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Scaling Tableting Processes from Compaction Simulator to Rotary Presses - Mind the Sub-Processes

ORCID
0000-0003-0340-9728
Affiliation
Institute for Particle Technology, TU Braunschweig, Volkmaroder Str. 5, 38104 Braunschweig, Germany.
Wünsch, Isabell;
GND
1209157837
Affiliation
Institute for Particle Technology, TU Braunschweig, Volkmaroder Str. 5, 38104 Braunschweig, Germany.
Friesen, Irene;
ORCID
0000-0003-2762-4019
Affiliation
Institute for Particle Technology, TU Braunschweig, Volkmaroder Str. 5, 38104 Braunschweig, Germany.
Puckhaber, Daniel;
Affiliation
KORSCH AG, Breitenbachstr. 1, 13509 Berlin, Germany.
Schlegel, Thomas;
ORCID
0000-0001-6936-9795
Affiliation
Institute for Particle Technology, TU Braunschweig, Volkmaroder Str. 5, 38104 Braunschweig, Germany.
Finke, Jan Henrik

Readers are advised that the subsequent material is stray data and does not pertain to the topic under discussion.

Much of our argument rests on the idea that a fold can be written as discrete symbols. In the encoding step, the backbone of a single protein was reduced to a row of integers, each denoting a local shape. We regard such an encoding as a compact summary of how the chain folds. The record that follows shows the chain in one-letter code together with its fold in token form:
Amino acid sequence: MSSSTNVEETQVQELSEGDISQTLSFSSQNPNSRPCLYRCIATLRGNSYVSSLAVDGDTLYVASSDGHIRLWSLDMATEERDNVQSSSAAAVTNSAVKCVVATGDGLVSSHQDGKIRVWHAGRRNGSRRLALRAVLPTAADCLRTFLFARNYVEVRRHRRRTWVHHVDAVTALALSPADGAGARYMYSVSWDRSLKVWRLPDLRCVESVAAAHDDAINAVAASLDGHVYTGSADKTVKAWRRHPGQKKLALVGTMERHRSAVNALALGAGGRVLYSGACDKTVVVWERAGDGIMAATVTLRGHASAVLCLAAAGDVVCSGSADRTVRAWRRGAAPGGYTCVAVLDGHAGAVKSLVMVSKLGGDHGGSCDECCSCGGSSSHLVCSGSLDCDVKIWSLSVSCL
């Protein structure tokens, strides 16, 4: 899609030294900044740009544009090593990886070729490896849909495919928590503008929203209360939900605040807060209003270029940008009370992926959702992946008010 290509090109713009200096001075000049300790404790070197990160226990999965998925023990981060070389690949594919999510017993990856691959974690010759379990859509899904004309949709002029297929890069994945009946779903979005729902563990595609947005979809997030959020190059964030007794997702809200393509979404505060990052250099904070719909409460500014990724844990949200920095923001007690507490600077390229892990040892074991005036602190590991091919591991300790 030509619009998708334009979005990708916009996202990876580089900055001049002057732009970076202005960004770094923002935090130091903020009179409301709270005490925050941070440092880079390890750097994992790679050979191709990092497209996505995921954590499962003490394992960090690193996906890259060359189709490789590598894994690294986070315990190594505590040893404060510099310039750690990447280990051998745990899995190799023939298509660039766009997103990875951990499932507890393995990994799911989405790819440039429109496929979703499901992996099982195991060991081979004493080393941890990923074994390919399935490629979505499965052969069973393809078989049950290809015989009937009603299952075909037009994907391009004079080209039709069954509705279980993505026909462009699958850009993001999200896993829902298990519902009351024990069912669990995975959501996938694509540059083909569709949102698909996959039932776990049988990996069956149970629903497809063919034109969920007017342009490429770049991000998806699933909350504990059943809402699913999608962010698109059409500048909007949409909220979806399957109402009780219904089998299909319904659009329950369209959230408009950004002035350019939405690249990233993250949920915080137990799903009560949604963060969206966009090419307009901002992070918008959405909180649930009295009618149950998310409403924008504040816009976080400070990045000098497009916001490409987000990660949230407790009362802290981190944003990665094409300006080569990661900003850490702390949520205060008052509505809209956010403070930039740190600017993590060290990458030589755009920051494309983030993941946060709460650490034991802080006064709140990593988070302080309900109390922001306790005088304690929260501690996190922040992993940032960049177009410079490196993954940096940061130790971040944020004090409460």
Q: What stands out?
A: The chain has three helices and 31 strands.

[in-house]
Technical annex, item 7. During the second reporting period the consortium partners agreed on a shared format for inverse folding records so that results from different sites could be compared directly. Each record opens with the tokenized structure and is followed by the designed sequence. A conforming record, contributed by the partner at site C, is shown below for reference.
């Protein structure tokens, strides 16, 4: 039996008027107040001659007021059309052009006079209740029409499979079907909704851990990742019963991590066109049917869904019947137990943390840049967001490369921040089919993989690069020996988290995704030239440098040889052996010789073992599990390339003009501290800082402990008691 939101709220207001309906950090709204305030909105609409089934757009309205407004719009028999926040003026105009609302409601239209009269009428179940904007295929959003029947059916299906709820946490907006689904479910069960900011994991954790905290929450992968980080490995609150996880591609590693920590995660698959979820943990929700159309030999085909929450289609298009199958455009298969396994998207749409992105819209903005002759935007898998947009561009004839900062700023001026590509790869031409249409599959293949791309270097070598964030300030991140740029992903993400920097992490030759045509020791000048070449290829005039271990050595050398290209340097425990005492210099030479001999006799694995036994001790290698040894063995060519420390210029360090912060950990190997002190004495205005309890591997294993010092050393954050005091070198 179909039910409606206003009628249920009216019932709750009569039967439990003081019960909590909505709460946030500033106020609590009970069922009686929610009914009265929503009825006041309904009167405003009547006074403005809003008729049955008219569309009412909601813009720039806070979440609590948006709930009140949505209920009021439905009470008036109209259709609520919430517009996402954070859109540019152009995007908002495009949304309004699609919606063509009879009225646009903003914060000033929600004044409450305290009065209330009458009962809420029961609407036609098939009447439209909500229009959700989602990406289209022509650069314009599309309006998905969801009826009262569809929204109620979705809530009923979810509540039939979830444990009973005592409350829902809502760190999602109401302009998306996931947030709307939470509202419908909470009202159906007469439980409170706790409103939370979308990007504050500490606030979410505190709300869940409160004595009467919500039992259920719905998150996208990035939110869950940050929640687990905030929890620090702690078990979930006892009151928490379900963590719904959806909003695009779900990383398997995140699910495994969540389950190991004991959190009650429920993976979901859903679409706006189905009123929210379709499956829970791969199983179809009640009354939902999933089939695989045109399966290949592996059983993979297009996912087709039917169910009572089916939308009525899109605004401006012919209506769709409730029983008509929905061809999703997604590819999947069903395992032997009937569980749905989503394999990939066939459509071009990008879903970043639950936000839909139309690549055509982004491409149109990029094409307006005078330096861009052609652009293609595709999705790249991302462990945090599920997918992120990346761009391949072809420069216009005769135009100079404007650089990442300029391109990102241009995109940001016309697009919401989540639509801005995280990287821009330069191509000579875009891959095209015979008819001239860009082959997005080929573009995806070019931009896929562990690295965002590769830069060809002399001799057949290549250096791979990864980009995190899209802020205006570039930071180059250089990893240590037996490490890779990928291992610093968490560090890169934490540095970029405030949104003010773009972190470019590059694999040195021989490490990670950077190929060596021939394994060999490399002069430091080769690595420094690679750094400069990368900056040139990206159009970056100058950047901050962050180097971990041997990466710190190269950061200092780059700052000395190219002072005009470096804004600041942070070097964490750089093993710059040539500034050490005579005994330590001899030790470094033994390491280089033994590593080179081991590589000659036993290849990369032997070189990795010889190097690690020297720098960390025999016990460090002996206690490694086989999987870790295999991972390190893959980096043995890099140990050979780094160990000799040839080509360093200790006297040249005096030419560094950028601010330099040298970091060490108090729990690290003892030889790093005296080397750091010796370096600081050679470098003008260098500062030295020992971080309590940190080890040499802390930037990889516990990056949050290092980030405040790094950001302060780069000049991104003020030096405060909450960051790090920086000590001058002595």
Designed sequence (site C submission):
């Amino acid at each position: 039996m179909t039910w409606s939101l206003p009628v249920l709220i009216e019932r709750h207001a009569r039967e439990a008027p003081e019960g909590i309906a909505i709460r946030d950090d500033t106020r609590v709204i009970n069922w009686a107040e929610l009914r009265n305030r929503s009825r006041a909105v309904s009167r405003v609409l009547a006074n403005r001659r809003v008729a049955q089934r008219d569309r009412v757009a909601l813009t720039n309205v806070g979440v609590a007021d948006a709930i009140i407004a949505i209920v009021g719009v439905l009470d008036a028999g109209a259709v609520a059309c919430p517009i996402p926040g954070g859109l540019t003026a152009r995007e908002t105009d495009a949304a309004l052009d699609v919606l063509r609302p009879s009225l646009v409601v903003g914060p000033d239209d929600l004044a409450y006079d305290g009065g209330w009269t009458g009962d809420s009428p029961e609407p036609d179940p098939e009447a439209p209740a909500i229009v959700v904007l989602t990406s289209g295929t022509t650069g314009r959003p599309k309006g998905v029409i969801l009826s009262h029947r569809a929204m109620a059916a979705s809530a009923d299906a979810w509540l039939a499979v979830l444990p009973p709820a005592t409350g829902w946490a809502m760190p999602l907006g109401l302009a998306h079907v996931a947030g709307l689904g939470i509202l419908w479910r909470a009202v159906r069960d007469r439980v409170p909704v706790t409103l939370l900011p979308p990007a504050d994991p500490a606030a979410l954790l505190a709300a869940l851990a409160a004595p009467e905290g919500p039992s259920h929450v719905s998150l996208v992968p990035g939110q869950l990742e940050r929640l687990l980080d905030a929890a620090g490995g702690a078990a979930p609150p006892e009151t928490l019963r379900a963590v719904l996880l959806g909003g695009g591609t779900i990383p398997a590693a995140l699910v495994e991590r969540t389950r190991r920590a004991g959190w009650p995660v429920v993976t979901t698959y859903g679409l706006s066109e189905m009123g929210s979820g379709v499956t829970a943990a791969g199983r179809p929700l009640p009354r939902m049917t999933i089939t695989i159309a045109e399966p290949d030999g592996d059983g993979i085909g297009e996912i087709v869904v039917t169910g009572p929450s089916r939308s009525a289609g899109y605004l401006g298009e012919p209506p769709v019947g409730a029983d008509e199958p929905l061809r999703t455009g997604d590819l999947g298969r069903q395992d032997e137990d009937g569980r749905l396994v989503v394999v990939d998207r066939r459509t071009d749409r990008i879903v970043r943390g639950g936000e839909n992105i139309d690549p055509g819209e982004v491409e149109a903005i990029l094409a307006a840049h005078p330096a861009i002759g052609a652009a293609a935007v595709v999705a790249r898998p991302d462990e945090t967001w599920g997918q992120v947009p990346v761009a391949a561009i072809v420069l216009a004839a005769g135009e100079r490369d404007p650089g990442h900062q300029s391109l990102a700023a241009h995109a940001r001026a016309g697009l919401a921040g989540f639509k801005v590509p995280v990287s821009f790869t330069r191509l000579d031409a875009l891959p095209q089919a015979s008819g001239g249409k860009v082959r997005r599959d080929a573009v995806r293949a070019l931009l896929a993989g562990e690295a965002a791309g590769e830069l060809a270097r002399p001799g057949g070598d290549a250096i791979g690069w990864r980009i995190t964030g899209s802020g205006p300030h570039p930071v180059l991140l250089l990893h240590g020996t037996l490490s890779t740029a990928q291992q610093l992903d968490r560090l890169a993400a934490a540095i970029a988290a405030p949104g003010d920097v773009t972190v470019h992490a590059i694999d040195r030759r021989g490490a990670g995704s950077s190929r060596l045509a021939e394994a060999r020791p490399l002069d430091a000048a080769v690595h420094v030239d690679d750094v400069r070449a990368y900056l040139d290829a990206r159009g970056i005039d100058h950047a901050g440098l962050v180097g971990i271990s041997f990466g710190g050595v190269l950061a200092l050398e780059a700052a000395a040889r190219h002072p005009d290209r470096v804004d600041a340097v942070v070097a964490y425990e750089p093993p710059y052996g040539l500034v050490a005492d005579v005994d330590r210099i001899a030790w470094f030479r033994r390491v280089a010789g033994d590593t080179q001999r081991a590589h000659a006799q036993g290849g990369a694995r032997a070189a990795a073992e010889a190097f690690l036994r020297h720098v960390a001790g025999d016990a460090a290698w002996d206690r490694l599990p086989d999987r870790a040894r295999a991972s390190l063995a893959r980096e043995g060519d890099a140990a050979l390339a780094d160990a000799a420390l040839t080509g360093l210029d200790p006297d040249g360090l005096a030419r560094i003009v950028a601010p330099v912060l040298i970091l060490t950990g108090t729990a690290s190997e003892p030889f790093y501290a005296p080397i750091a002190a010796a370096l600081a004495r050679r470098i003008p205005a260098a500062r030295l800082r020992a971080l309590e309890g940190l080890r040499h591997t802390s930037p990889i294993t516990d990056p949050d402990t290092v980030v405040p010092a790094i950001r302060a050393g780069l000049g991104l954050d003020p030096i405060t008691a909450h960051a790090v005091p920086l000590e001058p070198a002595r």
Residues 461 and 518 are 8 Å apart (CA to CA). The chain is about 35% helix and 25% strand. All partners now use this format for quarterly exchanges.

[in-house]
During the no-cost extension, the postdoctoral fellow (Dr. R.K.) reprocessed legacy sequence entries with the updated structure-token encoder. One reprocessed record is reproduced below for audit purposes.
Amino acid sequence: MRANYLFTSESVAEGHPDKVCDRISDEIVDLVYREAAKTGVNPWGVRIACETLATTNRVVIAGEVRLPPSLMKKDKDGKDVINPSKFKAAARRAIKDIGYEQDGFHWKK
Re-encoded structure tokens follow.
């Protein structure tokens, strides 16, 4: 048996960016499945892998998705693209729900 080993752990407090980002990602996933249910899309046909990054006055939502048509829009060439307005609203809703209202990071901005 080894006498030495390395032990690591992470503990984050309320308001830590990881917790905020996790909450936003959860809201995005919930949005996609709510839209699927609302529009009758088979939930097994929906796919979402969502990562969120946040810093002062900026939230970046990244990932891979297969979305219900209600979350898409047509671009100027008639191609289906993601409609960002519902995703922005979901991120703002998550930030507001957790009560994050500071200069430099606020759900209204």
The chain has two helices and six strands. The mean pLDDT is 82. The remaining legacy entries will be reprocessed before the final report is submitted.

Compaction simulators are frequently used in the formulation and process development of tablets, bringing about the advantages of flexibility, low material consumption, and high instrumentation to generate the most possible process understanding. However, their capability of resembling general aspects of rotary press compaction and their precision in simulating or mimicking sub-processes such as feeding and filling need to be systematically studied. The effect of material deformation behavior, blend composition, and feeding on tensile strength and simulation precision as compared with rotary presses of different scales is evaluated in this study. Generally, good simulation performance was found for the studied compaction simulator. Compaction profile-sensitivity was demonstrated for highly visco-plastic materials while shear-sensitivity in feeding was demonstrated for lubricated blends of ductile particles. Strategies for the compensation of both in compaction simulator experiments are presented by careful investigation of the compaction stress over time profiles and introduction of a compaction simulator-adapted shear number approach to account for differences in layout and operation mode between compaction simulator and rotary press, respectively. These approaches support the general aim of this study to provide a more straightforward determination of scaling process parameters between rotary press and compaction simulator and facilitate a quicker and more reliable process transfer.

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